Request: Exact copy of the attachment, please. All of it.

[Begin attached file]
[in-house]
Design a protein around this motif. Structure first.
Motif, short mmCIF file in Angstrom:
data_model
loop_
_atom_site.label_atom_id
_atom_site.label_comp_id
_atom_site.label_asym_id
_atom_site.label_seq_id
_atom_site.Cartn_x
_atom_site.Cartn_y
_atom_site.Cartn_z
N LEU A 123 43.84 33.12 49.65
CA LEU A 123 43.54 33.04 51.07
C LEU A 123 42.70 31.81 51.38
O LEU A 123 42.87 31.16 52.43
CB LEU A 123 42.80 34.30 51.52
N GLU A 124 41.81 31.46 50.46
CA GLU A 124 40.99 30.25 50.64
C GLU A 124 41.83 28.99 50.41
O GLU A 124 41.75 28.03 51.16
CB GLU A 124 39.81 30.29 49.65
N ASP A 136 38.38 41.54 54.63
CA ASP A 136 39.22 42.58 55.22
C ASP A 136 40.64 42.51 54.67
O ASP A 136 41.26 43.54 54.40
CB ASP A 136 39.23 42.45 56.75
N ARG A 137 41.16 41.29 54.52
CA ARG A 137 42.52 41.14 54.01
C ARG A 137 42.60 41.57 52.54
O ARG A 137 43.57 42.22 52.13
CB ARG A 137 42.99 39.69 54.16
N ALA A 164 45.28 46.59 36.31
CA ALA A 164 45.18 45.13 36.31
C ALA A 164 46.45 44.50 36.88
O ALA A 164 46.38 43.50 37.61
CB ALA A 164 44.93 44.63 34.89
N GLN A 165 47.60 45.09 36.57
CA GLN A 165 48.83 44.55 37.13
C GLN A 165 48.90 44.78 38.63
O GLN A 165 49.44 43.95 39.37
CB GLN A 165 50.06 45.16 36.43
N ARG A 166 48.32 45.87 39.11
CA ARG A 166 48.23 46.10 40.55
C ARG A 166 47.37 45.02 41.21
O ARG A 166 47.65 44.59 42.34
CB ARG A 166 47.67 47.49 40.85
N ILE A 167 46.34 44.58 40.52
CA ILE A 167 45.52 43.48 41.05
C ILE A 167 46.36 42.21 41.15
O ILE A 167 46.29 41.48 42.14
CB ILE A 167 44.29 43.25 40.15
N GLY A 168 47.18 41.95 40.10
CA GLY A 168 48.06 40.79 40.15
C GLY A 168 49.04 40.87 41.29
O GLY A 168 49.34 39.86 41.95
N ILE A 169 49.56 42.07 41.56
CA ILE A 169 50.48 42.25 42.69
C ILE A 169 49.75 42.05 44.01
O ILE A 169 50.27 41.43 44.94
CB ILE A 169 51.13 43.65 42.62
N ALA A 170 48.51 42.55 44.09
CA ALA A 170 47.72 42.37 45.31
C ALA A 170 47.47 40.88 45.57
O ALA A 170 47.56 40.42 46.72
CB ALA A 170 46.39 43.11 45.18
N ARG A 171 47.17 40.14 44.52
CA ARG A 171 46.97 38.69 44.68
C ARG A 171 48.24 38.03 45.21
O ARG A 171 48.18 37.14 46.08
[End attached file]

[in-house]
Design a protein around this motif. Structure first.
Motif, short mmCIF file in Angstrom:
data_model
loop_
_atom_site.label_atom_id
_atom_site.label_comp_id
_atom_site.label_asym_id
_atom_site.label_seq_id
_atom_site.Cartn_x
_atom_site.Cartn_y
_atom_site.Cartn_z
N LEU A 123 43.84 33.12 49.65
CA LEU A 123 43.54 33.04 51.07
C LEU A 123 42.70 31.81 51.38
O LEU A 123 42.87 31.16 52.43
CB LEU A 123 42.80 34.30 51.52
N GLU A 124 41.81 31.46 50.46
CA GLU A 124 40.99 30.25 50.64
C GLU A 124 41.83 28.99 50.41
O GLU A 124 41.75 28.03 51.16
CB GLU A 124 39.81 30.29 49.65
N ASP A 136 38.38 41.54 54.63
CA ASP A 136 39.22 42.58 55.22
C ASP A 136 40.64 42.51 54.67
O ASP A 136 41.26 43.54 54.40
CB ASP A 136 39.23 42.45 56.75
N ARG A 137 41.16 41.29 54.52
CA ARG A 137 42.52 41.14 54.01
C ARG A 137 42.60 41.57 52.54
O ARG A 137 43.57 42.22 52.13
CB ARG A 137 42.99 39.69 54.16
N ALA A 164 45.28 46.59 36.31
CA ALA A 164 45.18 45.13 36.31
C ALA A 164 46.45 44.50 36.88
O ALA A 164 46.38 43.50 37.61
CB ALA A 164 44.93 44.63 34.89
N GLN A 165 47.60 45.09 36.57
CA GLN A 165 48.83 44.55 37.13
C GLN A 165 48.90 44.78 38.63
O GLN A 165 49.44 43.95 39.37
CB GLN A 165 50.06 45.16 36.43
N ARG A 166 48.32 45.87 39.11
CA ARG A 166 48.23 46.10 40.55
C ARG A 166 47.37 45.02 41.21
O ARG A 166 47.65 44.59 42.34
CB ARG A 166 47.67 47.49 40.85
N ILE A 167 46.34 44.58 40.52
CA ILE A 167 45.52 43.48 41.05
C ILE A 167 46.36 42.21 41.15
O ILE A 167 46.29 41.48 42.14
CB ILE A 167 44.29 43.25 40.15
N GLY A 168 47.18 41.95 40.10
CA GLY A 168 48.06 40.79 40.15
C GLY A 168 49.04 40.87 41.29
O GLY A 168 49.34 39.86 41.95
N ILE A 169 49.56 42.07 41.56
CA ILE A 169 50.48 42.25 42.69
C ILE A 169 49.75 42.05 44.01
O ILE A 169 50.27 41.43 44.94
CB ILE A 169 51.13 43.65 42.62
N ALA A 170 48.51 42.55 44.09
CA ALA A 170 47.72 42.37 45.31
C ALA A 170 47.47 40.88 45.57
O ALA A 170 47.56 40.42 46.72
CB ALA A 170 46.39 43.11 45.18
N ARG A 171 47.17 40.14 44.52
CA ARG A 171 46.97 38.69 44.68
C ARG A 171 48.24 38.03 45.21
O ARG A 171 48.18 37.14 46.08